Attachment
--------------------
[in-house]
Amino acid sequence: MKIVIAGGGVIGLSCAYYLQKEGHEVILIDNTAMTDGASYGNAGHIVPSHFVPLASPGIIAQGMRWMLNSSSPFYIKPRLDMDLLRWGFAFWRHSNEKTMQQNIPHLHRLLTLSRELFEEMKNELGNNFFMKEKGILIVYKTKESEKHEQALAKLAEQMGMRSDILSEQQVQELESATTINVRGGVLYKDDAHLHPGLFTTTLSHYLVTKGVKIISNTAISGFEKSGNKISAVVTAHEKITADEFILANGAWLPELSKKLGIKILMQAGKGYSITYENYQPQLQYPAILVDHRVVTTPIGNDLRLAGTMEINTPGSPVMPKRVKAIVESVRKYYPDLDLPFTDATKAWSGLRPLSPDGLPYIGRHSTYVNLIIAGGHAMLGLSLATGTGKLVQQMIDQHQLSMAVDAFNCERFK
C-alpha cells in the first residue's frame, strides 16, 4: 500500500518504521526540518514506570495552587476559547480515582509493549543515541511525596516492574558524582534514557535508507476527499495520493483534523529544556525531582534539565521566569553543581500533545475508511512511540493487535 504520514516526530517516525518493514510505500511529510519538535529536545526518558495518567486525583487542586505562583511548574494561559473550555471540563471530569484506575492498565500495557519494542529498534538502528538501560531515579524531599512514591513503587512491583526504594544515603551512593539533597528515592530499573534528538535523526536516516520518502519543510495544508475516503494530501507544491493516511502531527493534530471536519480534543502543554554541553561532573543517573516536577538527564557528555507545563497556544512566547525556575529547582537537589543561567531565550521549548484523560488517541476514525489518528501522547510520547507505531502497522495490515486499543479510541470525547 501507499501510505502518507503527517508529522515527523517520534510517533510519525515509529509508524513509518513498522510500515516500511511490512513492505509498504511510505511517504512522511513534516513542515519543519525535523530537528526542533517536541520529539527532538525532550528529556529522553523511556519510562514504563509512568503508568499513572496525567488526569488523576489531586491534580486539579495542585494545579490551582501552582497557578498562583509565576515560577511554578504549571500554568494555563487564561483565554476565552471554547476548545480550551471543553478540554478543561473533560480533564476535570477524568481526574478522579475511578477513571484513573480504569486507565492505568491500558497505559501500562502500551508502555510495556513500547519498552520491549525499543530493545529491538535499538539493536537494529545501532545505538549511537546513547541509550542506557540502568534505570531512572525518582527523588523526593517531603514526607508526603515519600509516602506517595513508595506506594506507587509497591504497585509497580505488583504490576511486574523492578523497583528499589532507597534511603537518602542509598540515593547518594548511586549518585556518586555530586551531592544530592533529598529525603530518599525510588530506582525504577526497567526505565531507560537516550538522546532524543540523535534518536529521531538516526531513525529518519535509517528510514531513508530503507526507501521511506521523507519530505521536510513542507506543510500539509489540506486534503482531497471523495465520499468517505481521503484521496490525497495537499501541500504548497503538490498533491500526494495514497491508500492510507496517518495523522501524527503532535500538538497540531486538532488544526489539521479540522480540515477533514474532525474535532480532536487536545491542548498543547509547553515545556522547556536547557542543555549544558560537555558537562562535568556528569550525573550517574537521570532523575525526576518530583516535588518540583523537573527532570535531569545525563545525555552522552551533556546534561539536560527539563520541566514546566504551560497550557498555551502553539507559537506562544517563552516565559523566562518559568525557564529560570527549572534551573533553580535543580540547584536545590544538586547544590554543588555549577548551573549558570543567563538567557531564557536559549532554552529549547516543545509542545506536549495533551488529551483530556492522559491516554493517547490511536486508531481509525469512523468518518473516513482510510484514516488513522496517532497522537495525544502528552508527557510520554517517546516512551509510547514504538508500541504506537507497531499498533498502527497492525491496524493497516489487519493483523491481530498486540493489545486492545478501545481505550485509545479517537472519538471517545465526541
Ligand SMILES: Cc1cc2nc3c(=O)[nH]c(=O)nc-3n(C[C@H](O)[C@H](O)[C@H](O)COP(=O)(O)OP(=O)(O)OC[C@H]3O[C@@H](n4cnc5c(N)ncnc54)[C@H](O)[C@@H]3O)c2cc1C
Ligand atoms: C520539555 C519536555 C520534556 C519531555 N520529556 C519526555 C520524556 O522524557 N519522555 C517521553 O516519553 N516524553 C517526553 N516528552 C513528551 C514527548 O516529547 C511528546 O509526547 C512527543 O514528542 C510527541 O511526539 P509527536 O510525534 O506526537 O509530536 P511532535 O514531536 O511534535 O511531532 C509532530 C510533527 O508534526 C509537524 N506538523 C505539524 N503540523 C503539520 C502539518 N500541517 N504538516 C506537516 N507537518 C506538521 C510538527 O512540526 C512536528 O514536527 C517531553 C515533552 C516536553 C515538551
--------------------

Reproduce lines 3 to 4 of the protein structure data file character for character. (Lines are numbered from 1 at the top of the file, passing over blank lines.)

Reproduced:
C-alpha cells in the first residue's frame, strides 16, 4: 500500500518504521526540518514506570495552587476559547480515582509493549543515541511525596516492574558524582534514557535508507476527499495520493483534523529544556525531582534539565521566569553543581500533545475508511512511540493487535 504520514516526530517516525518493514510505500511529510519538535529536545526518558495518567486525583487542586505562583511548574494561559473550555471540563471530569484506575492498565500495557519494542529498534538502528538501560531515579524531599512514591513503587512491583526504594544515603551512593539533597528515592530499573534528538535523526536516516520518502519543510495544508475516503494530501507544491493516511502531527493534530471536519480534543502543554554541553561532573543517573516536577538527564557528555507545563497556544512566547525556575529547582537537589543561567531565550521549548484523560488517541476514525489518528501522547510520547507505531502497522495490515486499543479510541470525547 501507499501510505502518507503527517508529522515527523517520534510517533510519525515509529509508524513509518513498522510500515516500511511490512513492505509498504511510505511517504512522511513534516513542515519543519525535523530537528526542533517536541520529539527532538525532550528529556529522553523511556519510562514504563509512568503508568499513572496525567488526569488523576489531586491534580486539579495542585494545579490551582501552582497557578498562583509565576515560577511554578504549571500554568494555563487564561483565554476565552471554547476548545480550551471543553478540554478543561473533560480533564476535570477524568481526574478522579475511578477513571484513573480504569486507565492505568491500558497505559501500562502500551508502555510495556513500547519498552520491549525499543530493545529491538535499538539493536537494529545501532545505538549511537546513547541509550542506557540502568534505570531512572525518582527523588523526593517531603514526607508526603515519600509516602506517595513508595506506594506507587509497591504497585509497580505488583504490576511486574523492578523497583528499589532507597534511603537518602542509598540515593547518594548511586549518585556518586555530586551531592544530592533529598529525603530518599525510588530506582525504577526497567526505565531507560537516550538522546532524543540523535534518536529521531538516526531513525529518519535509517528510514531513508530503507526507501521511506521523507519530505521536510513542507506543510500539509489540506486534503482531497471523495465520499468517505481521503484521496490525497495537499501541500504548497503538490498533491500526494495514497491508500492510507496517518495523522501524527503532535500538538497540531486538532488544526489539521479540522480540515477533514474532525474535532480532536487536545491542548498543547509547553515545556522547556536547557542543555549544558560537555558537562562535568556528569550525573550517574537521570532523575525526576518530583516535588518540583523537573527532570535531569545525563545525555552522552551533556546534561539536560527539563520541566514546566504551560497550557498555551502553539507559537506562544517563552516565559523566562518559568525557564529560570527549572534551573533553580535543580540547584536545590544538586547544590554543588555549577548551573549558570543567563538567557531564557536559549532554552529549547516543545509542545506536549495533551488529551483530556492522559491516554493517547490511536486508531481509525469512523468518518473516513482510510484514516488513522496517532497522537495525544502528552508527557510520554517517546516512551509510547514504538508500541504506537507497531499498533498502527497492525491496524493497516489487519493483523491481530498486540493489545486492545478501545481505550485509545479517537472519538471517545465526541
Ligand SMILES: Cc1cc2nc3c(=O)[nH]c(=O)nc-3n(C[C@H](O)[C@H](O)[C@H](O)COP(=O)(O)OP(=O)(O)OC[C@H]3O[C@@H](n4cnc5c(N)ncnc54)[C@H](O)[C@@H]3O)c2cc1C